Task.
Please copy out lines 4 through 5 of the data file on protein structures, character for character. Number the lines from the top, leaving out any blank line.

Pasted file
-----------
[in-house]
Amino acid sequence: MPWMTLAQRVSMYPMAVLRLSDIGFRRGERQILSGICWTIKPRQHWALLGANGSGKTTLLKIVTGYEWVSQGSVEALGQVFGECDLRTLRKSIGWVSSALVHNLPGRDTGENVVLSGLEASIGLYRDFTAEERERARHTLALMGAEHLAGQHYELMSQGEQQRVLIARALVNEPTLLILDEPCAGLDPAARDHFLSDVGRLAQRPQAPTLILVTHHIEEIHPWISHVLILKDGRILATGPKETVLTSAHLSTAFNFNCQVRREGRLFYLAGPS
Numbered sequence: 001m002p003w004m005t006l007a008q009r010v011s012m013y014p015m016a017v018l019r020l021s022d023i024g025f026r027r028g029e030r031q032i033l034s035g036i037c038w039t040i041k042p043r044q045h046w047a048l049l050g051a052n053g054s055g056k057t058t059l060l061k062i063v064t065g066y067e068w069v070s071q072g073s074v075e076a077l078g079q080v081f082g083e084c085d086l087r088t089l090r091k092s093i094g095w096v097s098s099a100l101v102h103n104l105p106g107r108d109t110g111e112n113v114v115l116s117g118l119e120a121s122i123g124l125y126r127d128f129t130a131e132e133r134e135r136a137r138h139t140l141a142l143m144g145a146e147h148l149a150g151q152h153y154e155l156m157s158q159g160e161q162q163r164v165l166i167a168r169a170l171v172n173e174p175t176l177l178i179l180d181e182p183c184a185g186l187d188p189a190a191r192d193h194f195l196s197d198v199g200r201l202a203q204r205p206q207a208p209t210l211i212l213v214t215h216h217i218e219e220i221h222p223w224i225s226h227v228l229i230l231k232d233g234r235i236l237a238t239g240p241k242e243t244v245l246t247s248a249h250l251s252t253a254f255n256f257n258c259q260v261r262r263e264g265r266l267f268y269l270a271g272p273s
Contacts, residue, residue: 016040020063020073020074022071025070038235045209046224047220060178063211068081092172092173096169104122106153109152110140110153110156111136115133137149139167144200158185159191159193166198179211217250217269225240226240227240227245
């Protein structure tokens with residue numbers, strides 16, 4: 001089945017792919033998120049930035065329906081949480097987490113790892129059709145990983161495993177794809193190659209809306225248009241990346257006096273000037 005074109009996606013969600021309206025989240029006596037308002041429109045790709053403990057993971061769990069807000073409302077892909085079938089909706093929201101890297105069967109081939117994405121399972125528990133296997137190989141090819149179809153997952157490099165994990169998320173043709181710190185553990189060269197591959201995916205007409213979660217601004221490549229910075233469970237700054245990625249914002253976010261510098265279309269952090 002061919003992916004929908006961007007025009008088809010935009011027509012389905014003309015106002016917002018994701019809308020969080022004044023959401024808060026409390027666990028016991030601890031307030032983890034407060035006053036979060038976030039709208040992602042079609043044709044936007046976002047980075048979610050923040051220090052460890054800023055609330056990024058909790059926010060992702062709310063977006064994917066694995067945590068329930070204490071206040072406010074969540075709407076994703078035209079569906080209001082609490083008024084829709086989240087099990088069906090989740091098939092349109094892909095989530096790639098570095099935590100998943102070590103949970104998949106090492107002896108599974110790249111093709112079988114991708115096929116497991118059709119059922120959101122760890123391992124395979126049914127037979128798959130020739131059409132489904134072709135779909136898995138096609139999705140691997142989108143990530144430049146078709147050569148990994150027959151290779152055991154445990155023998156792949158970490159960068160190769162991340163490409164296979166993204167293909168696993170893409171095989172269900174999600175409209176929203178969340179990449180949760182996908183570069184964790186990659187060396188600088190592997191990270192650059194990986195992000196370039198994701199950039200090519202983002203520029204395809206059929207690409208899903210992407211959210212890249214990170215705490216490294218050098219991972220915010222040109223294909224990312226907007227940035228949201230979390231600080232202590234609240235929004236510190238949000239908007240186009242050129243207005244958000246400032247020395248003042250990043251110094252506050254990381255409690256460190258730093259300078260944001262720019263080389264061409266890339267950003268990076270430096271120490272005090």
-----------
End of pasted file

Contacts, residue, residue: 016040020063020073020074022071025070038235045209046224047220060178063211068081092172092173096169104122106153109152110140110153110156111136115133137149139167144200158185159191159193166198179211217250217269225240226240227240227245
């Protein structure tokens with residue numbers, strides 16, 4: 001089945017792919033998120049930035065329906081949480097987490113790892129059709145990983161495993177794809193190659209809306225248009241990346257006096273000037 005074109009996606013969600021309206025989240029006596037308002041429109045790709053403990057993971061769990069807000073409302077892909085079938089909706093929201101890297105069967109081939117994405121399972125528990133296997137190989141090819149179809153997952157490099165994990169998320173043709181710190185553990189060269197591959201995916205007409213979660217601004221490549229910075233469970237700054245990625249914002253976010261510098265279309269952090 002061919003992916004929908006961007007025009008088809010935009011027509012389905014003309015106002016917002018994701019809308020969080022004044023959401024808060026409390027666990028016991030601890031307030032983890034407060035006053036979060038976030039709208040992602042079609043044709044936007046976002047980075048979610050923040051220090052460890054800023055609330056990024058909790059926010060992702062709310063977006064994917066694995067945590068329930070204490071206040072406010074969540075709407076994703078035209079569906080209001082609490083008024084829709086989240087099990088069906090989740091098939092349109094892909095989530096790639098570095099935590100998943102070590103949970104998949106090492107002896108599974110790249111093709112079988114991708115096929116497991118059709119059922120959101122760890123391992124395979126049914127037979128798959130020739131059409132489904134072709135779909136898995138096609139999705140691997142989108143990530144430049146078709147050569148990994150027959151290779152055991154445990155023998156792949158970490159960068160190769162991340163490409164296979166993204167293909168696993170893409171095989172269900174999600175409209176929203178969340179990449180949760182996908183570069184964790186990659187060396188600088190592997191990270192650059194990986195992000196370039198994701199950039200090519202983002203520029204395809206059929207690409208899903210992407211959210212890249214990170215705490216490294218050098219991972220915010222040109223294909224990312226907007227940035228949201230979390231600080232202590234609240235929004236510190238949000239908007240186009242050129243207005244958000246400032247020395248003042250990043251110094252506050254990381255409690256460190258730093259300078260944001262720019263080389264061409266890339267950003268990076270430096271120490272005090």